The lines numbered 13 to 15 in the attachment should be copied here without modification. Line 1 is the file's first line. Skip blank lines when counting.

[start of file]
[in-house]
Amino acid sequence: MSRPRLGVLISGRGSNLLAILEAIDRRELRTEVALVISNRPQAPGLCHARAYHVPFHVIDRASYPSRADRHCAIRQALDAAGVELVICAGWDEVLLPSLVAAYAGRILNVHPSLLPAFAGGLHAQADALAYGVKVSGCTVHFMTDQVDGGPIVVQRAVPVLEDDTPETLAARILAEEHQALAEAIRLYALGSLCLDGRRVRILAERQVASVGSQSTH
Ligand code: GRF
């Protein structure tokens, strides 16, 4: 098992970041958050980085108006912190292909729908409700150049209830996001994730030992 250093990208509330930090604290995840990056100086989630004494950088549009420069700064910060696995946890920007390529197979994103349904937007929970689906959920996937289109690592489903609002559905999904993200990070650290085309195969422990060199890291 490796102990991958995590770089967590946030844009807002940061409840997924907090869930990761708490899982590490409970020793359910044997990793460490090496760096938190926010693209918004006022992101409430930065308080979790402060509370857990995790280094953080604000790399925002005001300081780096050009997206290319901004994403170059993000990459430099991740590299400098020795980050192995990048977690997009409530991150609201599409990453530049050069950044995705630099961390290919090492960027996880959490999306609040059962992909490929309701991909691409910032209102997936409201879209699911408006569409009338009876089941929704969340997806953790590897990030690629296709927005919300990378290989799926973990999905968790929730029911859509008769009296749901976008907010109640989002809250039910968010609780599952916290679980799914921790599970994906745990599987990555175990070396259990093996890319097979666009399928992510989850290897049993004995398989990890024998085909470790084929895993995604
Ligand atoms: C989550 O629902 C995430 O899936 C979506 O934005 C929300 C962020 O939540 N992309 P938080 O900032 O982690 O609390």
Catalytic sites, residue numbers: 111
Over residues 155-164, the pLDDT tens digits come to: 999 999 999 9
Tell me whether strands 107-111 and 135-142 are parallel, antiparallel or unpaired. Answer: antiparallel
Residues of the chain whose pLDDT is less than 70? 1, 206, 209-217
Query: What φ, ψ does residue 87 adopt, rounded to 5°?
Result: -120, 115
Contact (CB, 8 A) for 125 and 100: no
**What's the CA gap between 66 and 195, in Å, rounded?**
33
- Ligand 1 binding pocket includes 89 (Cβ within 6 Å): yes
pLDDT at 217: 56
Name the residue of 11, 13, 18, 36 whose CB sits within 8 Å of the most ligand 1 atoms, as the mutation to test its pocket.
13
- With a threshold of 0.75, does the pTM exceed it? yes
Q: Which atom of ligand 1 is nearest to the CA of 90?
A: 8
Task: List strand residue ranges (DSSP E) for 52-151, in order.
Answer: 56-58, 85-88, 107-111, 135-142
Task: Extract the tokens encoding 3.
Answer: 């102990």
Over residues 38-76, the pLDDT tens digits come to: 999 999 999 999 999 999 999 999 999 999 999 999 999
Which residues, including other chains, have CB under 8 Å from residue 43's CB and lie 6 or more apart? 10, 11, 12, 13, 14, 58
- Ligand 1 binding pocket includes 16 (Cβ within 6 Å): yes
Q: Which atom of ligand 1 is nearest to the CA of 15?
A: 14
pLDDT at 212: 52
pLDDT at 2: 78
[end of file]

**What's the CA gap between 66 and 195, in Å, rounded?**
33
- Ligand 1 binding pocket includes 89 (Cβ within 6 Å): yes